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Unvented storage cylinders are not all the same, and quality, efficiency, design, and price all vary, so it’s important to consider the options to make the right specification for customers. OSO Hotwater MD Stuart Elsy considers how deviating from the ‘standard’ can ensure the right fit for the job.
The unvented cylinder industry is a crowded market, with many suppliers chasing a finite amount of business. Installers clearly have a choice in the products they buy, but in an increasingly commoditised market, they often may not know too much about the product they end up fitting in a consumer’s property.
If there is a “standard” cylinder, it is a stainless steel cylinder with a separate expansion vessel that is around 200 litres. “Standard” is OK, but it’s not the best for many occasions.
The OSO super Series is anything but standard. It is a virtually pre-plumbed cylinder that has heating coil connections, hot and cold water services, safety valves and expansion vessels all concealed and contained under a removable lid (pictured above without the lid). Pipes and cable are invisible and usable space is optimised to allow more space for towels and linen storage.
The end result is a dramatically neater and more space efficient cylinder package that considerably reduces installation time and frees up space in a cylinder cupboard that will have customers purring with delight compared the random clutter of pipes and expansion vessels that comes with “standard”.
With these and other differences, nothing is for free. Some manufacturers will strain every sinew to make the product as cheap as possible to buy, OSO invests heavily in new technology to improve the design, efficiency and ease of fitting of the world’s most advanced water heaters.
Mindful of space
Space efficiency is always important to a householder. The cylinder should be shaped to the area available. Slimline cylinders are available where cylinder spaces are narrow, in all other occasions, wider is better. All manufacturers make similar capacities, but a small increase in diameter can significantly reduce height in a cylinder, allowing more storage shelves or even a washing machine to be fitted in the same cupboard. This is achievable at up to 210 litres with the OSO Super.
A wider cylinder loses less heat and contributes to better ERP ratings and SAP values. A perfect water heater in terms of heat loss would be spherical. Practical considerations mean that water heaters are cylindrical, but short and fat is better than tall and thin. As close as you can get to 600mm diameter is optimal for most airing cupboards.
When you have anything other than gas central heating, “standard” is not an option. Manufacturers will typically offer of full range of direct electric, and renewable heat source cylinders for heat pump and solar thermal to complement the standard indirect. Most of these will be offered in capacities typically up to 300 litres.
If you have a heat pump, fit a heat pump ready cylinder. A standard indirect does not have the heat exchanging power needed from the low grade heat from a heat pump. Pay careful attention to the heat exchanger, particularly to how it is designed. A smooth coil will not encourage limescale accumulation, so in hard water areas, be wary of alternative types of heat exchanger where limescale could accumulate and reduce efficiency.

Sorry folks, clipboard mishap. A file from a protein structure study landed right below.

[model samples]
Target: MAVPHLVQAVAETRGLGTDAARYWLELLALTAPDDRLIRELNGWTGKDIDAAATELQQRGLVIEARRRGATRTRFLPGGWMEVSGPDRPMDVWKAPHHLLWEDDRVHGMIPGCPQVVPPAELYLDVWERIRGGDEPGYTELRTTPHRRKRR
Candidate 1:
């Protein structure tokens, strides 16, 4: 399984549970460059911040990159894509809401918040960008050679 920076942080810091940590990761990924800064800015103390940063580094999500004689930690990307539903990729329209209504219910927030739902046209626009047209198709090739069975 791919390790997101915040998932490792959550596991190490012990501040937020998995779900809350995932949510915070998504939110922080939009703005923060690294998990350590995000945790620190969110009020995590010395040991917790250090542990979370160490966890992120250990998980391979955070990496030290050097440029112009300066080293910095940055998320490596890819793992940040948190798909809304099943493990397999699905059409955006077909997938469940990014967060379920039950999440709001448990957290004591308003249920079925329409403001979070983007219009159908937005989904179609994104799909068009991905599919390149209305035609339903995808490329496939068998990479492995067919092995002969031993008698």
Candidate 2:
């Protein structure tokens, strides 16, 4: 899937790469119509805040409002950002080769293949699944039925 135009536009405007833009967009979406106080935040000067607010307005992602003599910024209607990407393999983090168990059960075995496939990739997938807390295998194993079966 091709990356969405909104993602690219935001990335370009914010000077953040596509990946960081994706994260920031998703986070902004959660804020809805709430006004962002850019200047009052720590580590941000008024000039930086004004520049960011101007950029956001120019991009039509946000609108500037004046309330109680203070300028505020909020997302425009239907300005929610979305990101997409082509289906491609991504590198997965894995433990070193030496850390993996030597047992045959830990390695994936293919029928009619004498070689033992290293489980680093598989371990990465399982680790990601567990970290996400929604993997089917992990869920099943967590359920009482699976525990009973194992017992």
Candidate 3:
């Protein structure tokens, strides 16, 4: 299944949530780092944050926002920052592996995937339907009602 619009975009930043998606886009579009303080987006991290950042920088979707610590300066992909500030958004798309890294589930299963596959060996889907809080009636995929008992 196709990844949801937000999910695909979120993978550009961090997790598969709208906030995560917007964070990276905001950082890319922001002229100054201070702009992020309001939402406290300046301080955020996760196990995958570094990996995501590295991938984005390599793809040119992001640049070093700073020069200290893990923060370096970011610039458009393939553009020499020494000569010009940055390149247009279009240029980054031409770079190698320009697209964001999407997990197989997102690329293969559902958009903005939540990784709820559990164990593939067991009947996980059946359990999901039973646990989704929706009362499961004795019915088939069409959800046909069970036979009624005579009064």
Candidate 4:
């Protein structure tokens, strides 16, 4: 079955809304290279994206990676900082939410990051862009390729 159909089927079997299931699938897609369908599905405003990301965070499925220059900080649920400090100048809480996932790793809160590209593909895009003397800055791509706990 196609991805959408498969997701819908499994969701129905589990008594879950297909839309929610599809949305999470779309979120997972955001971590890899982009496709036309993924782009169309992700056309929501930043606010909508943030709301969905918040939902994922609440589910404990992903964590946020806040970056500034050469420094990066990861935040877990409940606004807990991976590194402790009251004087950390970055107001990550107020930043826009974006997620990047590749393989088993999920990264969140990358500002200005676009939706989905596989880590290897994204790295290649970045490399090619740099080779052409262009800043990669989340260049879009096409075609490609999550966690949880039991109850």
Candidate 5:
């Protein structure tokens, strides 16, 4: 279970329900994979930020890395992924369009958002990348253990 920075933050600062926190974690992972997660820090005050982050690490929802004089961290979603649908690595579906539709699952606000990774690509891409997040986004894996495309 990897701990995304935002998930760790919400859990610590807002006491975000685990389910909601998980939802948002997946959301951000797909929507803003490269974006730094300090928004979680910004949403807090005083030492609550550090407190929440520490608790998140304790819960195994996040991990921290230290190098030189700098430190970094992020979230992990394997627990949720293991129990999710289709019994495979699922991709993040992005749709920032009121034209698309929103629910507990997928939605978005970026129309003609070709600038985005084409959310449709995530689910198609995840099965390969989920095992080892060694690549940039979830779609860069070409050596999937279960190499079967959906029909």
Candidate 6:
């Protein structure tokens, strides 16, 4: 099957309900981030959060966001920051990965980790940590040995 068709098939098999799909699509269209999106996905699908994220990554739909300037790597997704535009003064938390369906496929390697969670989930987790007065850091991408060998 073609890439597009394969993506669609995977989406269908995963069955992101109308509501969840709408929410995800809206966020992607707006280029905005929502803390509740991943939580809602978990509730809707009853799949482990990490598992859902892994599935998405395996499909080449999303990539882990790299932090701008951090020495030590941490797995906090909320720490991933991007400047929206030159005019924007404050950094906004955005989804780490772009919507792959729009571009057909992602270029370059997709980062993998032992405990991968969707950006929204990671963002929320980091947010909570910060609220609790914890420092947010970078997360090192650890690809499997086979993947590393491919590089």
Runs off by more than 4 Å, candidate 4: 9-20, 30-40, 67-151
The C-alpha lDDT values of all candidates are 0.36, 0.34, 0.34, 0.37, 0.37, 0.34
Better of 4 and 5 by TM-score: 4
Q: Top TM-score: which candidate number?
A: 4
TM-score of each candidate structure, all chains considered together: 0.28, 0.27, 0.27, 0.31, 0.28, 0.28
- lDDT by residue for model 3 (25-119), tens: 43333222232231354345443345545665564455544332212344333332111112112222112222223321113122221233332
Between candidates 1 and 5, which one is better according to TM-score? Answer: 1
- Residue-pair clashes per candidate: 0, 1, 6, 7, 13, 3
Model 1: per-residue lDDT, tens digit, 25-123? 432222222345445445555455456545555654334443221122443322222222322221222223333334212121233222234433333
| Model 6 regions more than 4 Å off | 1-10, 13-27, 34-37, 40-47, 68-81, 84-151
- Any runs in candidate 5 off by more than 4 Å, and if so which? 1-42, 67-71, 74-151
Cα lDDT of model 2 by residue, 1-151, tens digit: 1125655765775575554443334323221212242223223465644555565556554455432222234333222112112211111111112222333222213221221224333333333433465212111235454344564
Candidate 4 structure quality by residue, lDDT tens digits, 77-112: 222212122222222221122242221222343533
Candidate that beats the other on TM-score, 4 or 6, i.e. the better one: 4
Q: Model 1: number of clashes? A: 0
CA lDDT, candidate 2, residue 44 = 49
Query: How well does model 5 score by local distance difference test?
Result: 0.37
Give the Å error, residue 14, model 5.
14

ERP energy labels have revolutionised the heating and appliance industry. Cylinders below band ‘C’ are effectively illegal. ‘A’ is best and ‘A’ is available up to 300 litres in the form of the OSO Delta. A Delta 300 compare to an older unit from the turn of the millennium can save close to £100 per year on a gas fired central heating system, with greater savings on electrically heated cylinders. Most modern cylinders are insulated with polyurethane foam, however efficiency levels are further improved by the pioneering Delta and Super Series cylinders fitted with vacuum panel insulation.
Vacuum panels are very “non-standard”, but to any customer looking for energy efficiency and low fuel bill, they are the best way forward for water heating.
The Hot Water Association Charter identifies manufacturers whose products have passed a high level of audit and scrutineering to demonstrate that the products are honestly and correctly labelled and performance claims are independently verified. Charter members, including OSO Hotwater can be found at www.hotwater.org.uk/hwa-charter
Heat-up time has recently given way to heat loss efficiency as the benchmark of performance, however if very large volumes of hot water are required, perhaps in commercial circumstance, customers should look for high specification coils to provide a fast recovery rate. Very often this could mean a heat pump cylinder with a big heat exchanged connected to a gas powerful boiler to maximise recovery time.
Unvented cylinders are not all the same. Quality, efficiency, design ingenuity and price all vary. The end customer will not always be interested in the same features as an installer, and giving an end user alternatives at differing prices can lead to both a happier customer and a more profitable project for the installer.